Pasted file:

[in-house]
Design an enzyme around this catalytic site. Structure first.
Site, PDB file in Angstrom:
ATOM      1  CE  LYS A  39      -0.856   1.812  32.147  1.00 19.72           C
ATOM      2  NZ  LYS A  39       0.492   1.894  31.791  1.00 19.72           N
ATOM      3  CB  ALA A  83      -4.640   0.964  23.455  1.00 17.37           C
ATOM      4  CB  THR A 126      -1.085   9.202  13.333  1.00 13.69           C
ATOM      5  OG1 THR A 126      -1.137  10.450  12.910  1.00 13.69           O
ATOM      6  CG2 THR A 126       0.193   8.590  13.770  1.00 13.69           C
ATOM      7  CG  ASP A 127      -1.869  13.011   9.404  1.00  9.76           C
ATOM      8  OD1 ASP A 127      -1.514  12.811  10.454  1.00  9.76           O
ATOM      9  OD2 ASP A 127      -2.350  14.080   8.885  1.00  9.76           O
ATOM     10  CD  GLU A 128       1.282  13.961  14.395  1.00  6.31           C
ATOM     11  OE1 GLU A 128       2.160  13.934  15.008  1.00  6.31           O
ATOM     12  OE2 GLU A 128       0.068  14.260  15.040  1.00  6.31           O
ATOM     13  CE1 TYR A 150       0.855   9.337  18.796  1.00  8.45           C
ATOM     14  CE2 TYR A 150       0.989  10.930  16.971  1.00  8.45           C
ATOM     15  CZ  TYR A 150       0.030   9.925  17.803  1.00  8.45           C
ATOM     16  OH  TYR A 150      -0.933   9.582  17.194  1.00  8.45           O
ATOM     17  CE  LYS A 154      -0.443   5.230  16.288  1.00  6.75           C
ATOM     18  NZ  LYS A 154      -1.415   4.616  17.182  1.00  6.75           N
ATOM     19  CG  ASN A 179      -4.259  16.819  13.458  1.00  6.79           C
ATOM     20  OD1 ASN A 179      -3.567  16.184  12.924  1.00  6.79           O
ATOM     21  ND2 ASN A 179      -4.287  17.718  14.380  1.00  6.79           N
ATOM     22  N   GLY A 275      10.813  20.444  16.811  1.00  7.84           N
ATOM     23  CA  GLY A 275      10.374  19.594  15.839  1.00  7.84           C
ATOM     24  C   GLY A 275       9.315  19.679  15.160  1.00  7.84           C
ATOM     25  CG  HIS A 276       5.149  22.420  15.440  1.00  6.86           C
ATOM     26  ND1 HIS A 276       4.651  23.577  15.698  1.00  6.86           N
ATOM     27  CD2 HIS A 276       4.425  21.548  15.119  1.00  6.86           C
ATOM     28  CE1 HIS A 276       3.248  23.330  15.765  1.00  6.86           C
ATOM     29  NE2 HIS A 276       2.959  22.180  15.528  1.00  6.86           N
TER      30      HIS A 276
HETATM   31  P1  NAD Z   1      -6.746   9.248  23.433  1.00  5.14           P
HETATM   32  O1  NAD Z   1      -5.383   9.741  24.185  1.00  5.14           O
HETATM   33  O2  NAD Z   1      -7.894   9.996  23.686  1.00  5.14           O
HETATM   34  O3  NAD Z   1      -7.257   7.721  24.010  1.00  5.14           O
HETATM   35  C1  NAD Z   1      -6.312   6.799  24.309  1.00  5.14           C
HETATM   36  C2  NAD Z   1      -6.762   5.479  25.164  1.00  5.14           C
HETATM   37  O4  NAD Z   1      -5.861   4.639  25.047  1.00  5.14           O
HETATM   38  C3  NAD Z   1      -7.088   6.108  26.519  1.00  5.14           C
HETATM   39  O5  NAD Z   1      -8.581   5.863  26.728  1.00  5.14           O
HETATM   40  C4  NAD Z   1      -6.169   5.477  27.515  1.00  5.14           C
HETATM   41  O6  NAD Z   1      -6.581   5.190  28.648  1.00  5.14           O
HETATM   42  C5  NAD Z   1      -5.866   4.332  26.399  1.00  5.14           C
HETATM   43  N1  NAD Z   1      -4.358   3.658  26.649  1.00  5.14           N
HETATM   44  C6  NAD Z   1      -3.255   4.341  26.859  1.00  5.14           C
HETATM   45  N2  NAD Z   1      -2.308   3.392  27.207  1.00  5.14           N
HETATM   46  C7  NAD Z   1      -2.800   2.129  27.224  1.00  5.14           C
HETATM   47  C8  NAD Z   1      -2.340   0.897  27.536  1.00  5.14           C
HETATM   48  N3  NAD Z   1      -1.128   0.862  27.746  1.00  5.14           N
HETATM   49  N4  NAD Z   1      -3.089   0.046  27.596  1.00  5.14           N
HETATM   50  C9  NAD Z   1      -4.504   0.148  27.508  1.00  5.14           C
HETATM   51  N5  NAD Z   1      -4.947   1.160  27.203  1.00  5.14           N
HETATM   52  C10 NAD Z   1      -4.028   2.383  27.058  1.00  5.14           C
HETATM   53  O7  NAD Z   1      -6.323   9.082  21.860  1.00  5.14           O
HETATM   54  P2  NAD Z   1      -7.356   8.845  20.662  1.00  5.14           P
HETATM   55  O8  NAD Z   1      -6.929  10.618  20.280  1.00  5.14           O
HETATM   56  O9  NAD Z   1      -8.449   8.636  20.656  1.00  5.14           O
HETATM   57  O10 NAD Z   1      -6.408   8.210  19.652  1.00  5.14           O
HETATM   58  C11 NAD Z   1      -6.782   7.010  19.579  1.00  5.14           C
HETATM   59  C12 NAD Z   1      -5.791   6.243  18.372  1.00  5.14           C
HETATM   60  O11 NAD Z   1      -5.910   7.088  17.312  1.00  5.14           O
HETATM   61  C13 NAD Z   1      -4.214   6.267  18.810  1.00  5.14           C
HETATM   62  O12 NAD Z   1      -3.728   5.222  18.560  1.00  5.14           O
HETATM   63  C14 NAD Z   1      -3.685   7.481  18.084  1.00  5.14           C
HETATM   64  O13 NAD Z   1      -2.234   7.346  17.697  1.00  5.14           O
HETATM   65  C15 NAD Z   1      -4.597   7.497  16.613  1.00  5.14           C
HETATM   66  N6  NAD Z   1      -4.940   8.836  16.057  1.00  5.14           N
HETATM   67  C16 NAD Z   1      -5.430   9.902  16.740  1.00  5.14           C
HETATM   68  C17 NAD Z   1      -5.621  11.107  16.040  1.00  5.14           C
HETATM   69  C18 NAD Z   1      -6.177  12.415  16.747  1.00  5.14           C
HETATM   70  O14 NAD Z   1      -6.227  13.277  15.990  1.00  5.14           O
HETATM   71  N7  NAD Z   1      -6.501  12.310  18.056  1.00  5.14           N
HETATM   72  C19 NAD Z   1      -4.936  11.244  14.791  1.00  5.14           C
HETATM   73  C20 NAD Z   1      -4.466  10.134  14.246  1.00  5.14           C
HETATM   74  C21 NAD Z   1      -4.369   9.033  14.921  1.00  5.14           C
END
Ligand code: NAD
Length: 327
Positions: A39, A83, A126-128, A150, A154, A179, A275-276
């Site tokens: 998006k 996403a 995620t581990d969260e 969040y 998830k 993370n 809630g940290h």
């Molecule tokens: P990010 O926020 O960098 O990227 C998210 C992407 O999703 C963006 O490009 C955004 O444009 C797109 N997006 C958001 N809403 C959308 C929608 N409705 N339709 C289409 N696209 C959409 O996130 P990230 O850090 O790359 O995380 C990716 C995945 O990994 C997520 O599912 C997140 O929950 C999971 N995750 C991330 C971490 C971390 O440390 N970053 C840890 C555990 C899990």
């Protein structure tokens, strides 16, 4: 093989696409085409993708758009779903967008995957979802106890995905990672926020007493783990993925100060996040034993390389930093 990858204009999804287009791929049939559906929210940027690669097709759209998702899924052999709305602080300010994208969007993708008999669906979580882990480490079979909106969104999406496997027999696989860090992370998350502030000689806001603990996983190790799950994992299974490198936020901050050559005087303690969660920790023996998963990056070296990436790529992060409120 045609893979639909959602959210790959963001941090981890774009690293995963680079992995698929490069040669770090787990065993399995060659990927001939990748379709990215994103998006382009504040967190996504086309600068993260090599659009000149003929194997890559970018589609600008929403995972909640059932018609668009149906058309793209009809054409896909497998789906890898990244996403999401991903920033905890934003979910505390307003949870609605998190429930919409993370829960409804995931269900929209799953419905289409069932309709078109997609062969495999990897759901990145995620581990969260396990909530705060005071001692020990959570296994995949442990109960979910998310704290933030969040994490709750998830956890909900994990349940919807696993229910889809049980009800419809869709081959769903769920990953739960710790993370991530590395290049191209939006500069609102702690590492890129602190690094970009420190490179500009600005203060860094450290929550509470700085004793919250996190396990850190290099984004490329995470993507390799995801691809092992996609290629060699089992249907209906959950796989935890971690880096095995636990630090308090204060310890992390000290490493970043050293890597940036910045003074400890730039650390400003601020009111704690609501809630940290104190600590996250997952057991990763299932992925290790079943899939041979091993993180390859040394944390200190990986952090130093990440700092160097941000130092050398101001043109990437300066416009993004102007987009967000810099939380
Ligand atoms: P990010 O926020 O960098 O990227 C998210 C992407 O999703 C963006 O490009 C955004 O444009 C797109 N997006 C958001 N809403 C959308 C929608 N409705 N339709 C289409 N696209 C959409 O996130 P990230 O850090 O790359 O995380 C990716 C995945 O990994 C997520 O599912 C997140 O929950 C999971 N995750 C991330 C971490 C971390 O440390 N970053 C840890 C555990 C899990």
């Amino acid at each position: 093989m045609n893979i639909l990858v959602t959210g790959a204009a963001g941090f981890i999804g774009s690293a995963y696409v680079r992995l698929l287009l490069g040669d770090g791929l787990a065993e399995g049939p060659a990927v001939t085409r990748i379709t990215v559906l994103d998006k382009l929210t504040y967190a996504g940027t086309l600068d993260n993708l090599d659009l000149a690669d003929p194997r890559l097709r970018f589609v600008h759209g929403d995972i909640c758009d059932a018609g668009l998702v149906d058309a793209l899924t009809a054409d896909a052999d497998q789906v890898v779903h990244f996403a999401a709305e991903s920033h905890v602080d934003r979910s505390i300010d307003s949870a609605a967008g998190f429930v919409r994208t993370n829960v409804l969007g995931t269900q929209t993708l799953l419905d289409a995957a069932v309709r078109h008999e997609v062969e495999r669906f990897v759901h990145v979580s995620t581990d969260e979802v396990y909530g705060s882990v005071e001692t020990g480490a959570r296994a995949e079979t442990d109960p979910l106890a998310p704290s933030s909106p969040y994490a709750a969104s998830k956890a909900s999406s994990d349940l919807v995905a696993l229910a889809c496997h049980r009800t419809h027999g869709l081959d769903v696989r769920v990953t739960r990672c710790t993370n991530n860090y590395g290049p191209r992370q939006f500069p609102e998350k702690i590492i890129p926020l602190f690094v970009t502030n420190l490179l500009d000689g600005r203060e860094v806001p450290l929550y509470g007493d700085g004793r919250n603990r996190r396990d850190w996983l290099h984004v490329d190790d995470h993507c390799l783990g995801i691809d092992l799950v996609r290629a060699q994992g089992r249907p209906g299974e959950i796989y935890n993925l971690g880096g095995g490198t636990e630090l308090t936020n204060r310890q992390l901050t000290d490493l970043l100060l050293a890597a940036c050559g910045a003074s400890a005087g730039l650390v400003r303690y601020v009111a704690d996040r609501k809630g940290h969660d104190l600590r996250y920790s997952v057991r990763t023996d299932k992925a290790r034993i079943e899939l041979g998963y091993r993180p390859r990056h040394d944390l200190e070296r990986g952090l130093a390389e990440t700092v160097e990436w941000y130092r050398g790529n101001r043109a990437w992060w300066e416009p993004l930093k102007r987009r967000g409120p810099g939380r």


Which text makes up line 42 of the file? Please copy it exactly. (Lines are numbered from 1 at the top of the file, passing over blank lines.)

HETATM   39  O5  NAD Z   1      -8.581   5.863  26.728  1.00  5.14           O